On Monday, March 30, the national average price for regular unleaded gasoline rang in at $2.42 per gallon—only two cents more than one month ago but $1.13 less than the same date last year. The national average has now fallen for 17 of the past 23 days, according to a report by AAA.
While several weeks ago refineries went offline and drove gas prices higher in the Midwest and West Coast, this week as those refineries resume production, it’s helping prices to dip in those same regions. Lower oil prices have also helped lower gas prices in every state. California continues to post the highest pump prices in the nation at $3.20, while South Carolina continues to be the lowest at $2.10, followed by Tennessee at $2.14 and New Jersey at $2.16.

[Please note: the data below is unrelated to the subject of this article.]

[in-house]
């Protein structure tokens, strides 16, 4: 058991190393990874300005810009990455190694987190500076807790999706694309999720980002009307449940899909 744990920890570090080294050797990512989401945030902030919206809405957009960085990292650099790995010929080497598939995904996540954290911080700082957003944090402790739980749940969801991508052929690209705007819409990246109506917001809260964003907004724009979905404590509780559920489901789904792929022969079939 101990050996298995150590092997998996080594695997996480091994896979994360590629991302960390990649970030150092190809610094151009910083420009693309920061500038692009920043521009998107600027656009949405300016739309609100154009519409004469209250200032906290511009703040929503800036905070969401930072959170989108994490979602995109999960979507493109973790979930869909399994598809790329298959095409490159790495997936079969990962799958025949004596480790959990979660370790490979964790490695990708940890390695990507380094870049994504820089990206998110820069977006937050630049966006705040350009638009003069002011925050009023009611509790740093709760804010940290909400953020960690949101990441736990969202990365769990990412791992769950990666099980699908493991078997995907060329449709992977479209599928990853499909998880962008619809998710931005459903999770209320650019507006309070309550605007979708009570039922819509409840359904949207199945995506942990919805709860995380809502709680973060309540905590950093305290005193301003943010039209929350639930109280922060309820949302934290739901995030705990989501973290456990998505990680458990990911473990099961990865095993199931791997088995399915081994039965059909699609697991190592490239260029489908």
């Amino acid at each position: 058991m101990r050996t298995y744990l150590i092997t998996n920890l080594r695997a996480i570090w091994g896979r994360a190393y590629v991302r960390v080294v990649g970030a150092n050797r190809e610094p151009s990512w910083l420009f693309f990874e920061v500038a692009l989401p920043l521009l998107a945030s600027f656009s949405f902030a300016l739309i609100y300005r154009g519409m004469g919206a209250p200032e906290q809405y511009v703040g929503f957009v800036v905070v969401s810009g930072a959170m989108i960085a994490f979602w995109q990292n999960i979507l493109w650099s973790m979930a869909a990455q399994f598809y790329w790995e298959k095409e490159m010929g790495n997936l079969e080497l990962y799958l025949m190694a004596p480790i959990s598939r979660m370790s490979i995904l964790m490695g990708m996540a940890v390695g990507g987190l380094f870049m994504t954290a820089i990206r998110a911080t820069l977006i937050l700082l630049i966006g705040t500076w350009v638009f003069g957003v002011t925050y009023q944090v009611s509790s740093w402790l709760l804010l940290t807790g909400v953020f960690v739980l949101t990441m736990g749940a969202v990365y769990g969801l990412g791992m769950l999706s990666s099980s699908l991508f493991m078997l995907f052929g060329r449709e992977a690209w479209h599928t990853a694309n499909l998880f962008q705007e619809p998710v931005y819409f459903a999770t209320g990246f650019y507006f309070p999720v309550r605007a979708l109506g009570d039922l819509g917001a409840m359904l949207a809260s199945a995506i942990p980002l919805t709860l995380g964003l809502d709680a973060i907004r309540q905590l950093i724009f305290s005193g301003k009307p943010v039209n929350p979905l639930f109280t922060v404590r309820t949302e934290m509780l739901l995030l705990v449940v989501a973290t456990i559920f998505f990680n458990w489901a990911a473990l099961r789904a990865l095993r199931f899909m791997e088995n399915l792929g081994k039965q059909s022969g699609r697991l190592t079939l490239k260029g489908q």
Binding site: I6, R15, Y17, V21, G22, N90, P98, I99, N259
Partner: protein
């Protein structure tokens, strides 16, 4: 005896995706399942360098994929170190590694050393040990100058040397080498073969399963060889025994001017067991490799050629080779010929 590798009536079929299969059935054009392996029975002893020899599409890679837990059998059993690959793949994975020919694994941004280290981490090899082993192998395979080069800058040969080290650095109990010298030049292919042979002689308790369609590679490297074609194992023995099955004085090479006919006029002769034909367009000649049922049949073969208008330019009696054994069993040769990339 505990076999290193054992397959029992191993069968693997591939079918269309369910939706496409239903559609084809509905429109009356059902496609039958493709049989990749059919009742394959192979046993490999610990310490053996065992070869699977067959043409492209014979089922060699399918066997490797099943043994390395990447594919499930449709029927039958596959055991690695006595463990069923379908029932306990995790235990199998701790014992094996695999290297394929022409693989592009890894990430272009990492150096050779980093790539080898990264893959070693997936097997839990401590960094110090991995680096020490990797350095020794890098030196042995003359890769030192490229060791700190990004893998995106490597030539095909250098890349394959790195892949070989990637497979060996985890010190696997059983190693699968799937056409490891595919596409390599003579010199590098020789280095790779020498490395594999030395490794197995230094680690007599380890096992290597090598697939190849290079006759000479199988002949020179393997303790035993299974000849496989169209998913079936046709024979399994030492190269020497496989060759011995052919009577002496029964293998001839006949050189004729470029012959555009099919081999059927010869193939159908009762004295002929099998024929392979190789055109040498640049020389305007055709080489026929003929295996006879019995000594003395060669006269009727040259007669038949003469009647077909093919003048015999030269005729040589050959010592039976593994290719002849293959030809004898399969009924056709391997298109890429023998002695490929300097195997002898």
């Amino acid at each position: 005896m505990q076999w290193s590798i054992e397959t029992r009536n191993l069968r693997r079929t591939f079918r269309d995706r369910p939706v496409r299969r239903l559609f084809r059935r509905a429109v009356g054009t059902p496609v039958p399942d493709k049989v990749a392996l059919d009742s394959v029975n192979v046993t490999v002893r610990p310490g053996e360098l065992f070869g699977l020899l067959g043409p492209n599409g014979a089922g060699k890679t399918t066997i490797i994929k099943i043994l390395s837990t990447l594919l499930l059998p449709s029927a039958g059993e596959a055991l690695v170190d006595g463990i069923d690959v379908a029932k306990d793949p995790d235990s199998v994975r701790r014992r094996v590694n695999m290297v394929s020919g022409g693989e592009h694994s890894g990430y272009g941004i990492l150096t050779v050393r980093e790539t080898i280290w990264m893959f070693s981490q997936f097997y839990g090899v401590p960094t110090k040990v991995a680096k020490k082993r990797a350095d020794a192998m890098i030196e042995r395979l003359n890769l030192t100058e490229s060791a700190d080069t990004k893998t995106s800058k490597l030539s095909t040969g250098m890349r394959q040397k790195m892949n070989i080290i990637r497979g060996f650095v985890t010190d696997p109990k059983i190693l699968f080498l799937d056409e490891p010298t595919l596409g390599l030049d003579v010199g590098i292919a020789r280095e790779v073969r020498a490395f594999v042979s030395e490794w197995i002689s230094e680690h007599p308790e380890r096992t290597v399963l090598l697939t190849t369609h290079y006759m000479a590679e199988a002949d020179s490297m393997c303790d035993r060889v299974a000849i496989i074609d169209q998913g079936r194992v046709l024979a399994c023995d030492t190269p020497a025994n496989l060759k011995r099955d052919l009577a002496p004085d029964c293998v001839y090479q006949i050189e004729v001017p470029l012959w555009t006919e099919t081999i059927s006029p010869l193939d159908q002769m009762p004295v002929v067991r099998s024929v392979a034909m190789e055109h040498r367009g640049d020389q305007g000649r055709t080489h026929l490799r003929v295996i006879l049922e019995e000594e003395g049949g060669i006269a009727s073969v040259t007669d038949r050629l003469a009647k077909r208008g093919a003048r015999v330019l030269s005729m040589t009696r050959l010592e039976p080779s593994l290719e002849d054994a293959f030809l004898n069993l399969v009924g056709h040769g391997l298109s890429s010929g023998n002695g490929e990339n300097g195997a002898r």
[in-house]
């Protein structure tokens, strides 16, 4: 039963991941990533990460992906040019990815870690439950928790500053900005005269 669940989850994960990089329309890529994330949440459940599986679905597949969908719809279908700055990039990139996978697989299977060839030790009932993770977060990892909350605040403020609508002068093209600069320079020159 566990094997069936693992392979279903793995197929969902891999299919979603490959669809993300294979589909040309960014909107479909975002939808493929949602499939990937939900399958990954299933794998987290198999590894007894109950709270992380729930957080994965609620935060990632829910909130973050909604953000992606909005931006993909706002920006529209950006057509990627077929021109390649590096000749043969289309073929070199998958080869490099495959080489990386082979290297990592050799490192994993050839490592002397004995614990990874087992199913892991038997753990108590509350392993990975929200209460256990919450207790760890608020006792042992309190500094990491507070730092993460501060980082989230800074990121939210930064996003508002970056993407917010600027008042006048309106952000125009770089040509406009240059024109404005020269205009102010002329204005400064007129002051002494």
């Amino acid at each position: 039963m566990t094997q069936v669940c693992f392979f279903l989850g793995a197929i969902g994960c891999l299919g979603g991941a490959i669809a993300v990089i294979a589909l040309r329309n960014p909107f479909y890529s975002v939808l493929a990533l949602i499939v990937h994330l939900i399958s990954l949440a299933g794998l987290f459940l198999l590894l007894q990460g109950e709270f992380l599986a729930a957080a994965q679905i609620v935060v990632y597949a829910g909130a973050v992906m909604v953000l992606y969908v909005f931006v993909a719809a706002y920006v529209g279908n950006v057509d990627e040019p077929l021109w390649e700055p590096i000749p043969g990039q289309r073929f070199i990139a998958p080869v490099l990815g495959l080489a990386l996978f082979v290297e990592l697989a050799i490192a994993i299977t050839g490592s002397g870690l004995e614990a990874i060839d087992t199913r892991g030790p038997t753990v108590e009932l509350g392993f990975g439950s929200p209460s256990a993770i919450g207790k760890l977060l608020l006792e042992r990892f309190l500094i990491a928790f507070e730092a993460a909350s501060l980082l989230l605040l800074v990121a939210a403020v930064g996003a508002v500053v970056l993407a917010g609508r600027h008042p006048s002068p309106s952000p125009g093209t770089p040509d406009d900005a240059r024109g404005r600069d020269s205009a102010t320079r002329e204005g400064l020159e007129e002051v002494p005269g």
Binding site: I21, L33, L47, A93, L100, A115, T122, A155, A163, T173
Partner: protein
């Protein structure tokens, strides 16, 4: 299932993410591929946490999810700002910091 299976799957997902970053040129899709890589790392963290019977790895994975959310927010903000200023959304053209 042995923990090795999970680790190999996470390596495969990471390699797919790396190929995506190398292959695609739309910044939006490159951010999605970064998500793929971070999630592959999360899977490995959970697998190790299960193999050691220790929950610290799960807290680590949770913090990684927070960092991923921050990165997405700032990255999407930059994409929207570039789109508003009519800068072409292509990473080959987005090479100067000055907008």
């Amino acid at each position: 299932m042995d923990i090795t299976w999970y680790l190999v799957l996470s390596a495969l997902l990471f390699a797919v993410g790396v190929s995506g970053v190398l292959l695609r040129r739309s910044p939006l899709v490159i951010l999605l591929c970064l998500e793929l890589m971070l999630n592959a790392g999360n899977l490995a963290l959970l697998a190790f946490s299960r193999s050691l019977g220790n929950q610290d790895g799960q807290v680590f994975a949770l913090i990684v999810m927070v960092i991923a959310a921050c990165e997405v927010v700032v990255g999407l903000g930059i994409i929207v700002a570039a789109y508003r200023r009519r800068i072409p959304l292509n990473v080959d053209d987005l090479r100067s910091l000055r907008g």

After increasing above $50 per barrel last week, the price of West Texas Intermediate crude oil has dropped. “Crude prices have fallen to multi-year lows due largely to ample global production. The possibility of increased exports from Iran should a nuclear deal be reached this week would further increase production and has for now offset any ‘risk premium’ stemming from regional stability due to violence in Yemen. A possible deal between the West and Iran could bring an estimated 500,000 barrels per day of additional oil to the global market, which would add more supply to an already well-supplied market and exert further downward pressure on crude prices,” AAA reported.